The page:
For example, the interlocking ring design is a trademark owned and controlled by the USOC. Unauthorized use of the image of the rings is not permitted on the basis of copyright defenses, such as the public domain or fair use, despite popular misconceptions to the contrary. The rings, and other Olympic trademarks, including the word “Olympics,” are also not generic. Use of the word “Olympics” can be protected by free speech in narrow circumstances, but if you are an advertiser reading this blog, it’s highly unlikely that you will be able to fit your uses into that “protected speech” category, even if you can credibly claim that your use is expressive.


Continue Reading Golden Rules: Lowering the Uneven Bars on Likelihood of Confusion

As excitement builds for the 2016 Olympics and Paralympics in Rio, companies and organizations, big and small, will be tempted to use the “Games” or the “Olympics” to promote their products, services and agendas. But, they must beware of getting too caught up in the Olympic spirit. Although Olympic and Paralympic trademarks such as the interlocking rings, “Rio 2016,” and “Faster Higher Stronger” may be ubiquitous, especially this summer, an unauthorized use of such trademarks could bring a lot of legal headaches to the user.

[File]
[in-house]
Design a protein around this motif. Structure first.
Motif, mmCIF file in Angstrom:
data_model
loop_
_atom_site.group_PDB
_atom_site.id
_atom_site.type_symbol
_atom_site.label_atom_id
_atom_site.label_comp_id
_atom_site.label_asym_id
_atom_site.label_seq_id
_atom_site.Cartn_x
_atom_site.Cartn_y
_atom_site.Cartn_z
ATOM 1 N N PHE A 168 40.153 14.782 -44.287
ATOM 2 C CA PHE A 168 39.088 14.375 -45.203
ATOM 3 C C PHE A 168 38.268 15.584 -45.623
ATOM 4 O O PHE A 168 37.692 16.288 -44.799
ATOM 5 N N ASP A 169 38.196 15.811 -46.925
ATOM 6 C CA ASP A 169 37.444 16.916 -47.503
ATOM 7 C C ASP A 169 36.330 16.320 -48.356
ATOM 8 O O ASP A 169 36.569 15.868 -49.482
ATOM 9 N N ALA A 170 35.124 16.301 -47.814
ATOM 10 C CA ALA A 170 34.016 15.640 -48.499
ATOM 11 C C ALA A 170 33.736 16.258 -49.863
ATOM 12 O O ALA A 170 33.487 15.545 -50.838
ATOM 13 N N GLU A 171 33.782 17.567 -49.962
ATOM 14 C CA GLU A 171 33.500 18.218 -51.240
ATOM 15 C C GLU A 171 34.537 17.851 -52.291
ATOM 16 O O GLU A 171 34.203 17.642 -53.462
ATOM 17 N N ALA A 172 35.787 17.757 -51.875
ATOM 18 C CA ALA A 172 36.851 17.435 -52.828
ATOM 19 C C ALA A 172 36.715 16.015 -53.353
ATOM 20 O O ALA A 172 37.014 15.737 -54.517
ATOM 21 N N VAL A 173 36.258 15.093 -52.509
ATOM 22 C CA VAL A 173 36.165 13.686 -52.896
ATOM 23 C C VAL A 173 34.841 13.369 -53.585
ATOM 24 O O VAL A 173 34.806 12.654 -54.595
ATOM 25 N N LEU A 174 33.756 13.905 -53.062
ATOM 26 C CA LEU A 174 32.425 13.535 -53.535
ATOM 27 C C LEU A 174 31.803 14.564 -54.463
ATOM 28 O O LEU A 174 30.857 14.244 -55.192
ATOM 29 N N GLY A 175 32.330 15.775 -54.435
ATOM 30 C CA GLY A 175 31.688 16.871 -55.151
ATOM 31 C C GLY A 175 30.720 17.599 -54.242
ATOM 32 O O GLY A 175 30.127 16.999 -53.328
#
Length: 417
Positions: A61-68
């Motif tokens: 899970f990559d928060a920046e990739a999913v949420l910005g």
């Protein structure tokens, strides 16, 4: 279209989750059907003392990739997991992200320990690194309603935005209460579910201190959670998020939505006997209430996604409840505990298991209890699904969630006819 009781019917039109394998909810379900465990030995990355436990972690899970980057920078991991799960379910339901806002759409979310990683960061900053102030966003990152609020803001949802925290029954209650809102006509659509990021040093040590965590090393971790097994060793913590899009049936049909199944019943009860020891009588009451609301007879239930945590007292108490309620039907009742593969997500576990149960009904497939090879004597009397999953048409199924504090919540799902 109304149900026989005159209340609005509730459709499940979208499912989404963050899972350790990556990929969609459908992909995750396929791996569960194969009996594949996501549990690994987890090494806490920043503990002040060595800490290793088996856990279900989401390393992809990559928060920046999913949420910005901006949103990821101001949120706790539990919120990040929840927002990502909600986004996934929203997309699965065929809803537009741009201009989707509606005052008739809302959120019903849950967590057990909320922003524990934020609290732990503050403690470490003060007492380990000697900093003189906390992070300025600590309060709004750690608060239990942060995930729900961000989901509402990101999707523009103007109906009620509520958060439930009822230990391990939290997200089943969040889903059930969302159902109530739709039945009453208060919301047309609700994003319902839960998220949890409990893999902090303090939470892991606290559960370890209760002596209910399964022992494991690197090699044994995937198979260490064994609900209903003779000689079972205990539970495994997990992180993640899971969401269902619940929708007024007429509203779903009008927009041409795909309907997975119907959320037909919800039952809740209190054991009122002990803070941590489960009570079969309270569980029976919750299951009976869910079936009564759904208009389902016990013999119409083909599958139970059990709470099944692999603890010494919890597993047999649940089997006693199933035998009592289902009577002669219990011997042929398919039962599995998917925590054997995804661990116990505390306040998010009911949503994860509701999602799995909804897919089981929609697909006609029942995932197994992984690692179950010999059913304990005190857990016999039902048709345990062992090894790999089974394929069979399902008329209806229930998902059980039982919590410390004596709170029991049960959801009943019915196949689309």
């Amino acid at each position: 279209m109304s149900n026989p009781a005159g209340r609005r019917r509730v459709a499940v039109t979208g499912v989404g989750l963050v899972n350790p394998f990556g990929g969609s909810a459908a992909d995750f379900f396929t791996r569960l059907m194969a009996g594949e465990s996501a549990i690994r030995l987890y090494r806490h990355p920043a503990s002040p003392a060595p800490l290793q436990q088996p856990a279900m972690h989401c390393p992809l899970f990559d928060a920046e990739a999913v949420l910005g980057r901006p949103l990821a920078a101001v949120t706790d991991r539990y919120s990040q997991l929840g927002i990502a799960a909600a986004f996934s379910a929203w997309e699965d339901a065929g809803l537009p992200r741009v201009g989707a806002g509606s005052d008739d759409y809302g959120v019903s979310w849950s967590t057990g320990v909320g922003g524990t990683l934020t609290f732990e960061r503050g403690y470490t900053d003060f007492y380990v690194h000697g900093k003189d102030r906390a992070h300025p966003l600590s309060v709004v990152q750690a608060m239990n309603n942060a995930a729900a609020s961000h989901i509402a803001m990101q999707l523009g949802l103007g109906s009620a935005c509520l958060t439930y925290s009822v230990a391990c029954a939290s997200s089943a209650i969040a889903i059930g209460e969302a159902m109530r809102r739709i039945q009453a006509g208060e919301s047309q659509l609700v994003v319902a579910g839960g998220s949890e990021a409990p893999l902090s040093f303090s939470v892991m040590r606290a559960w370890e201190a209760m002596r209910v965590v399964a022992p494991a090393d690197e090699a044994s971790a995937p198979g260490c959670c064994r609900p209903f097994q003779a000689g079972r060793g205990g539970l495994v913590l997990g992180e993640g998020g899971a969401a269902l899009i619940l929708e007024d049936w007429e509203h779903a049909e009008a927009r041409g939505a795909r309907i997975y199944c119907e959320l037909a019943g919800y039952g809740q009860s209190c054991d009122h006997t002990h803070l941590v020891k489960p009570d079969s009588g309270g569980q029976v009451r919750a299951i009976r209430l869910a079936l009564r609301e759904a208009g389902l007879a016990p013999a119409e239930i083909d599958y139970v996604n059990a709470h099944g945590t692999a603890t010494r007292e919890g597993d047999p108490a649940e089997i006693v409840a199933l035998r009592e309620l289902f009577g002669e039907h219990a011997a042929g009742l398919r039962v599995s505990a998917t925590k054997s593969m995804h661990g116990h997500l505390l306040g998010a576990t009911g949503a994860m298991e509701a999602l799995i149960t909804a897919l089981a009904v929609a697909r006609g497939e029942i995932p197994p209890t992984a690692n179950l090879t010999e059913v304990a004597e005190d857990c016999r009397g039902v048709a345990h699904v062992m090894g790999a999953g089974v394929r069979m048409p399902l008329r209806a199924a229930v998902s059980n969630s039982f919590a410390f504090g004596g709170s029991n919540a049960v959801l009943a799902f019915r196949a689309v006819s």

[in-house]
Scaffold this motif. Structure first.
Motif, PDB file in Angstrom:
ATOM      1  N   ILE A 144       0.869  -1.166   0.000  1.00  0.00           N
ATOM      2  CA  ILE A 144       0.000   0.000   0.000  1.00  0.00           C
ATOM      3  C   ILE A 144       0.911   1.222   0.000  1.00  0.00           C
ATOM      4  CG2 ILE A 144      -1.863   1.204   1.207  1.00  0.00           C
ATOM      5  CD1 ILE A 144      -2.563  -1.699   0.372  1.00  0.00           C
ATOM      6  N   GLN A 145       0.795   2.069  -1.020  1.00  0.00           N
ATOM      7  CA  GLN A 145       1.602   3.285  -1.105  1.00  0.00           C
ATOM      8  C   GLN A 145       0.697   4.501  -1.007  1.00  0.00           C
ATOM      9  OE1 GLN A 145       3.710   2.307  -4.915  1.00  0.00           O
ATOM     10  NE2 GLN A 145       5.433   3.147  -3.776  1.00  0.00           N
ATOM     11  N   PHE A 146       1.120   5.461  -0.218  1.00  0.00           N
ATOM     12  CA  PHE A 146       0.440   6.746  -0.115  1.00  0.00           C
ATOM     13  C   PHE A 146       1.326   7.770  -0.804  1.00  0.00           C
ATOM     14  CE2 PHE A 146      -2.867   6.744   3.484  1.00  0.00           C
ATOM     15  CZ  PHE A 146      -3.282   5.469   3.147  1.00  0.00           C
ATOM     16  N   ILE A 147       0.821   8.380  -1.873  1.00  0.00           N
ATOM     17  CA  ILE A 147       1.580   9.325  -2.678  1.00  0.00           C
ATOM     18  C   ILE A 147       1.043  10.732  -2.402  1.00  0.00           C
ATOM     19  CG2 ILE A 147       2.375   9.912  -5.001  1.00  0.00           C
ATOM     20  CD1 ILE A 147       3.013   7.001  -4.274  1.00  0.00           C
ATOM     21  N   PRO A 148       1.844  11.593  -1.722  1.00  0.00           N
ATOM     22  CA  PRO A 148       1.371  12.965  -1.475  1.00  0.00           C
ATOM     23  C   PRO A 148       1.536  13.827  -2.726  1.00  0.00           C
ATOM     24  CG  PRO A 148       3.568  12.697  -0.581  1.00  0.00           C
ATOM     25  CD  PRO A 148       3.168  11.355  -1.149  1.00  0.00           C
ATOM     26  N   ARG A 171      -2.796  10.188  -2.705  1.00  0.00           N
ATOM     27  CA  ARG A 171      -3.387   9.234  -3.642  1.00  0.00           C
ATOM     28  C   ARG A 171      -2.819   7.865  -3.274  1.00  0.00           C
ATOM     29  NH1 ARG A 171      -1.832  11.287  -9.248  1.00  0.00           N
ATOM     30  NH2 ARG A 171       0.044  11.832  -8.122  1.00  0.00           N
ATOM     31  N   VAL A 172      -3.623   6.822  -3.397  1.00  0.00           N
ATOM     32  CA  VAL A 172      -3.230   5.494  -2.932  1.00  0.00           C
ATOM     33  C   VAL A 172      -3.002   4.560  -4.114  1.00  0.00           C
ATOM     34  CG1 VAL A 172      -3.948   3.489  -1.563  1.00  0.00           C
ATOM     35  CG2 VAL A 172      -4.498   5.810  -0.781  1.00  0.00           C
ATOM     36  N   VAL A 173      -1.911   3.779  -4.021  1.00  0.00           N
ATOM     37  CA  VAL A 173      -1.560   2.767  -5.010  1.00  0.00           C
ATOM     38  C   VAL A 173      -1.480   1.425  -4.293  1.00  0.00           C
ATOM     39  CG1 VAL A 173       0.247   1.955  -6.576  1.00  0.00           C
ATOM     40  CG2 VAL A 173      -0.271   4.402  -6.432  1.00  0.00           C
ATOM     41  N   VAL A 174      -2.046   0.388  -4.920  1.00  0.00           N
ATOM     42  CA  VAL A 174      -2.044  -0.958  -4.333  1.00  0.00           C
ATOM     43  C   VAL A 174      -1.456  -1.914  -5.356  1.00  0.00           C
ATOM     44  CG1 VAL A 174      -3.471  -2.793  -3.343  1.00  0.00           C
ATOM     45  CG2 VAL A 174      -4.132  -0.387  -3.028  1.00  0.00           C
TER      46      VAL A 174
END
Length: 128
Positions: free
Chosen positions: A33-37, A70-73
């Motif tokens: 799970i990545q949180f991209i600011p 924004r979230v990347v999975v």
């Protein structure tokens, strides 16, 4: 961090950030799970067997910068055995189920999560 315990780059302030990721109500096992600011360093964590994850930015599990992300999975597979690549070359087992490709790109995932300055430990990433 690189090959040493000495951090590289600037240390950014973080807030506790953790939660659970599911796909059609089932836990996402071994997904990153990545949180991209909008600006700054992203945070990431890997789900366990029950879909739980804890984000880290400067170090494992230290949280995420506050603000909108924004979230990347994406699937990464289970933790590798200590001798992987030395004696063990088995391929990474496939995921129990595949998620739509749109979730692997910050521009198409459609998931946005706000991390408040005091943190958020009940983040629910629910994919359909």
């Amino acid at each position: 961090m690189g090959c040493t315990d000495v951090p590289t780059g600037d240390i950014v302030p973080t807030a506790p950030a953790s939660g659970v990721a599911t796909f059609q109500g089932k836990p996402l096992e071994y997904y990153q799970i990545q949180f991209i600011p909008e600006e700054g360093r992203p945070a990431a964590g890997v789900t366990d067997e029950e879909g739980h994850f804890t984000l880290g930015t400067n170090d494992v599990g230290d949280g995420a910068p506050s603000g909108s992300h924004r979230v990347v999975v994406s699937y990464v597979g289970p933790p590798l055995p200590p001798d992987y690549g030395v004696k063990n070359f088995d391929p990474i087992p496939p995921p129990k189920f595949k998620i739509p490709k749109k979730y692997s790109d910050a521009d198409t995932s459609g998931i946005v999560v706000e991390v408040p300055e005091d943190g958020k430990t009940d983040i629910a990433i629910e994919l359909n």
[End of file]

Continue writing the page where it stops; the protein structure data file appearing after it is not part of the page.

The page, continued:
Some background: 
Continue Reading Golden Rules: Wrestling with the Use of Trademarks

We had several reactions to the game on Sunday.  What were yours?  As two people both of whom are looking at their thirties in the rear view mirror, it was hard not to root for the old guy, as much as we also love Cam Newton.  And as advertising lawyers it sometimes seems like we

Levi's Stadium image by Jim G
Photo by Jim G [CC BY 2.0] via Flickr